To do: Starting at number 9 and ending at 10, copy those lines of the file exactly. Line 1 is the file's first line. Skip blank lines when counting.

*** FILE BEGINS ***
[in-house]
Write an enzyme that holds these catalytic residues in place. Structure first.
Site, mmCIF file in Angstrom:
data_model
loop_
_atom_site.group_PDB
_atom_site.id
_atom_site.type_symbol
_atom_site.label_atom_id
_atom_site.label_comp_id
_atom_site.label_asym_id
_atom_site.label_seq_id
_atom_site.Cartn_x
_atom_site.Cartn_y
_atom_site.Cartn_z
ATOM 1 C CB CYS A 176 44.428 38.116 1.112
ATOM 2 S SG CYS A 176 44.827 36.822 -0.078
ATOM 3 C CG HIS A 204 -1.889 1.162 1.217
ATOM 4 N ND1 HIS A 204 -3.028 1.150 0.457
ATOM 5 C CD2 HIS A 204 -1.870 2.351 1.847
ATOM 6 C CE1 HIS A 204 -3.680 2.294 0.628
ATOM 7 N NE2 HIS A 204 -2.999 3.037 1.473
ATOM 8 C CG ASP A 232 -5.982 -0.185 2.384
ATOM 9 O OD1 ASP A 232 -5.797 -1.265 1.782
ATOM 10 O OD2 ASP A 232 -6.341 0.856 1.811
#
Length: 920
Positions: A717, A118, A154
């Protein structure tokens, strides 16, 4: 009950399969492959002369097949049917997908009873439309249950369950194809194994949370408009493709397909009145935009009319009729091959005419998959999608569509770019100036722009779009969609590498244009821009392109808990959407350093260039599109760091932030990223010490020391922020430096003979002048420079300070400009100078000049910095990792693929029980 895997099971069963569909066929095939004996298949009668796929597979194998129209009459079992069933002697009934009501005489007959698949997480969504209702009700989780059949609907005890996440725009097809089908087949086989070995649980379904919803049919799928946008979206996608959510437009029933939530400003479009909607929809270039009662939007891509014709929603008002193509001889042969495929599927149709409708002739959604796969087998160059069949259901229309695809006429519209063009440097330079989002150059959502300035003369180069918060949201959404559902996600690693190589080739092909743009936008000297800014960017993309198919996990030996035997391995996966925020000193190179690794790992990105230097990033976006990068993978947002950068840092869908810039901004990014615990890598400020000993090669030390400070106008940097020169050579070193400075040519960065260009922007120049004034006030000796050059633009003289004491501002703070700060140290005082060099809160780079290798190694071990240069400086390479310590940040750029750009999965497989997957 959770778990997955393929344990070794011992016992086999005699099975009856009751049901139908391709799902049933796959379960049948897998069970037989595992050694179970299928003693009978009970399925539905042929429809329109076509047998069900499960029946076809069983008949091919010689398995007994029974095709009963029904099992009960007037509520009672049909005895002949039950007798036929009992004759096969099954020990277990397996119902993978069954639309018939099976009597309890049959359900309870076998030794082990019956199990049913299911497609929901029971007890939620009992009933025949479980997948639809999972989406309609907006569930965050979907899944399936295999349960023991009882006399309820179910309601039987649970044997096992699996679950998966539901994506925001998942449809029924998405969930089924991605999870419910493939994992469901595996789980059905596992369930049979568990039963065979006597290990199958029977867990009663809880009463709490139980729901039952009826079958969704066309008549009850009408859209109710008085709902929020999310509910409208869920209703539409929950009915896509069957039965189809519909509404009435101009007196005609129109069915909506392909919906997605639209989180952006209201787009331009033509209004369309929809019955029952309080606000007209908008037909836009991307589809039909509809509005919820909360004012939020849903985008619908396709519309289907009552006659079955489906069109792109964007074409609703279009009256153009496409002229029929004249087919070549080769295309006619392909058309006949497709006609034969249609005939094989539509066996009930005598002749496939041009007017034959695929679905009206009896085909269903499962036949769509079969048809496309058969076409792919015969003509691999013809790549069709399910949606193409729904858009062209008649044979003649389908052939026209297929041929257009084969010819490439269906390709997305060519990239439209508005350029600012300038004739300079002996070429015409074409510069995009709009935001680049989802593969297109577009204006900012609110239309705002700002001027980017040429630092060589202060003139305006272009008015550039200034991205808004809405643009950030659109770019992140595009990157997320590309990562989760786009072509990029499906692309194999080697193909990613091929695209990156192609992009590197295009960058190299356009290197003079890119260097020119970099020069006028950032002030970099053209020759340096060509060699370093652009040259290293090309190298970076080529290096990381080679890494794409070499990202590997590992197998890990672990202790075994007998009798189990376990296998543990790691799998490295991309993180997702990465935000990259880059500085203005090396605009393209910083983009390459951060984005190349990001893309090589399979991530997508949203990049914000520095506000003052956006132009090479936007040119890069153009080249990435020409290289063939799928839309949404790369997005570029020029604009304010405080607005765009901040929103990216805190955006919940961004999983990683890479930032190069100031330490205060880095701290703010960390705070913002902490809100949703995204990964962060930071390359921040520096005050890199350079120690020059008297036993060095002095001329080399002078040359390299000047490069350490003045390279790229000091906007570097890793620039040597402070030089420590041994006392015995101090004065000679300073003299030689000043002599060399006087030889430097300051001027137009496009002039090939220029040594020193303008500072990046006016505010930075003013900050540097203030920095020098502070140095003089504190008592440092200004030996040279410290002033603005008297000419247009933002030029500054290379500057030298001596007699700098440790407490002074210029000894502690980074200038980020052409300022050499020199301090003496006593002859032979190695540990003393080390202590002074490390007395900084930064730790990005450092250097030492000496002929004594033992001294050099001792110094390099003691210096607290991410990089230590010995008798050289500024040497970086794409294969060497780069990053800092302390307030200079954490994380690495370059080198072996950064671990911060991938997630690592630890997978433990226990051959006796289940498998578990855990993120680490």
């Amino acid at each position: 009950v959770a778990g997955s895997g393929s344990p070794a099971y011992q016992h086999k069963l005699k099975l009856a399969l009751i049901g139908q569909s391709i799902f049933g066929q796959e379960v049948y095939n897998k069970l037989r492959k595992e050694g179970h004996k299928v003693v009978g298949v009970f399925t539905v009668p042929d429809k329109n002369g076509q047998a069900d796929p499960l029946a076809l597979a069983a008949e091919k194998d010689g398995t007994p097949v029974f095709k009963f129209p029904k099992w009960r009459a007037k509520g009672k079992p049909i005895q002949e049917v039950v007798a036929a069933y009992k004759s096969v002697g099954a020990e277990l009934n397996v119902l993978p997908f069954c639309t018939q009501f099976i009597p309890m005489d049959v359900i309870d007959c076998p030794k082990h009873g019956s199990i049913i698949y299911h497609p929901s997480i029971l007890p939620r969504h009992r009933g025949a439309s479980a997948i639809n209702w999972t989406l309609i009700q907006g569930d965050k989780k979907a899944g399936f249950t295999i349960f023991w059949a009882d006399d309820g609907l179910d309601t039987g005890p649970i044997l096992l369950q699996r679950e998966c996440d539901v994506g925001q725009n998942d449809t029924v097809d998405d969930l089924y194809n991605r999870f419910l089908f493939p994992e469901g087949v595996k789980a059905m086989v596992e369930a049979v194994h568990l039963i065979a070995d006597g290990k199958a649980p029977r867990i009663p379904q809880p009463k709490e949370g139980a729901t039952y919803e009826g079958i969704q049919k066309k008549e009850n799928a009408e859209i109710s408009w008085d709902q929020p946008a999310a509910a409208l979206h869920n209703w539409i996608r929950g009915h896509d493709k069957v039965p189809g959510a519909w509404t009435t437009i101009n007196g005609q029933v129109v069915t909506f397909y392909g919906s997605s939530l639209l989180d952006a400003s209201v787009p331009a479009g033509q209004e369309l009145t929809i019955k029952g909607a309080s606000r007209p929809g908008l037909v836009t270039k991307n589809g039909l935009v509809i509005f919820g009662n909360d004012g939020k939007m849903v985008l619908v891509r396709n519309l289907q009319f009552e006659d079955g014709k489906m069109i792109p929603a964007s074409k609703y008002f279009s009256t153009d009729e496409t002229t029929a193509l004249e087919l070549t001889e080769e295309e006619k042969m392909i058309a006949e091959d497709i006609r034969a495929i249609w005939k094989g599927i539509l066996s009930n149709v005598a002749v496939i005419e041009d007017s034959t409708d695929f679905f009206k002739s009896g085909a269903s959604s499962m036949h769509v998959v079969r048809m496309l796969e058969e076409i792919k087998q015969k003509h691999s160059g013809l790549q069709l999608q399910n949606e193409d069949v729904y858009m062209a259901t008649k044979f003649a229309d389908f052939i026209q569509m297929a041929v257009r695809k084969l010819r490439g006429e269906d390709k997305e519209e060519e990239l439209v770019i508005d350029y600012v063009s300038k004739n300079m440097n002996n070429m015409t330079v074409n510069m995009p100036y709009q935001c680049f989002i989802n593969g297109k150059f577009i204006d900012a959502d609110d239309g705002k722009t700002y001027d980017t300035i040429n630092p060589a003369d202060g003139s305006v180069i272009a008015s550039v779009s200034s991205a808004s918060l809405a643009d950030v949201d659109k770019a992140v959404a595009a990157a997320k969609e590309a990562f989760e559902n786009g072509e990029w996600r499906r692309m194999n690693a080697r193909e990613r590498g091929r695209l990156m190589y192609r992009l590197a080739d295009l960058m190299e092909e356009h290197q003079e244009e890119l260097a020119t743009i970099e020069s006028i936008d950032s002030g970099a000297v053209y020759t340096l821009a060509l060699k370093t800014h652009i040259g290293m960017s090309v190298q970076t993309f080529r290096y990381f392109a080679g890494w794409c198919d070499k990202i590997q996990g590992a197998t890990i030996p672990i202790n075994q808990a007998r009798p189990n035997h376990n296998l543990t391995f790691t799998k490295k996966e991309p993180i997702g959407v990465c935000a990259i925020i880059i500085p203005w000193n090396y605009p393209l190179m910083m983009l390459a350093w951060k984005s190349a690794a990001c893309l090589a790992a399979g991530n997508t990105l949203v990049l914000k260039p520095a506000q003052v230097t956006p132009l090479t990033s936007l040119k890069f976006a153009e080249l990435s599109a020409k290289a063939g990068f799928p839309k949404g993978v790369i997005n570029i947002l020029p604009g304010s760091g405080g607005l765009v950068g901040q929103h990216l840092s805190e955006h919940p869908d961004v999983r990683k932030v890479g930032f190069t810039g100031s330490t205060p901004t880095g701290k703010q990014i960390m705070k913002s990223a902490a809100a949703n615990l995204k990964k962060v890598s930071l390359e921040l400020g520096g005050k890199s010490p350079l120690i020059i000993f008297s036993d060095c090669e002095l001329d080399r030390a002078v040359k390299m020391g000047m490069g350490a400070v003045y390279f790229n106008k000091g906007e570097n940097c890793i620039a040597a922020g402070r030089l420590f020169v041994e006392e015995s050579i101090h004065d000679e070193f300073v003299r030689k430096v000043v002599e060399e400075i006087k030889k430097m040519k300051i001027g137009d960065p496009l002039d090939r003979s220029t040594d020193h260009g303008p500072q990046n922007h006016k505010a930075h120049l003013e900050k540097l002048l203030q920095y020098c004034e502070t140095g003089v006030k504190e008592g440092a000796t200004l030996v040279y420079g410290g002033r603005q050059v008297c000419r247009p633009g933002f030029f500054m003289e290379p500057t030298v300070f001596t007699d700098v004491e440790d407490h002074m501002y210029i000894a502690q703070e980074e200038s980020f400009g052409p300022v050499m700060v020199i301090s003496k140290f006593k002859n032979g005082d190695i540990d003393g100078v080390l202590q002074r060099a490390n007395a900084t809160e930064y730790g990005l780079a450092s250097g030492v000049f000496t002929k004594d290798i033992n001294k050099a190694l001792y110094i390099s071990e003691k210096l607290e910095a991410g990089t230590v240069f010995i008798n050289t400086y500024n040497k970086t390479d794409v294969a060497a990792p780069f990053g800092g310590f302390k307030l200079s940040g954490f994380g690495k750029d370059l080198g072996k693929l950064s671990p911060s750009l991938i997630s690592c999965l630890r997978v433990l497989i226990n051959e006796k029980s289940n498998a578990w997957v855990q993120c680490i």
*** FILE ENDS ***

_atom_site.label_atom_id
_atom_site.label_comp_id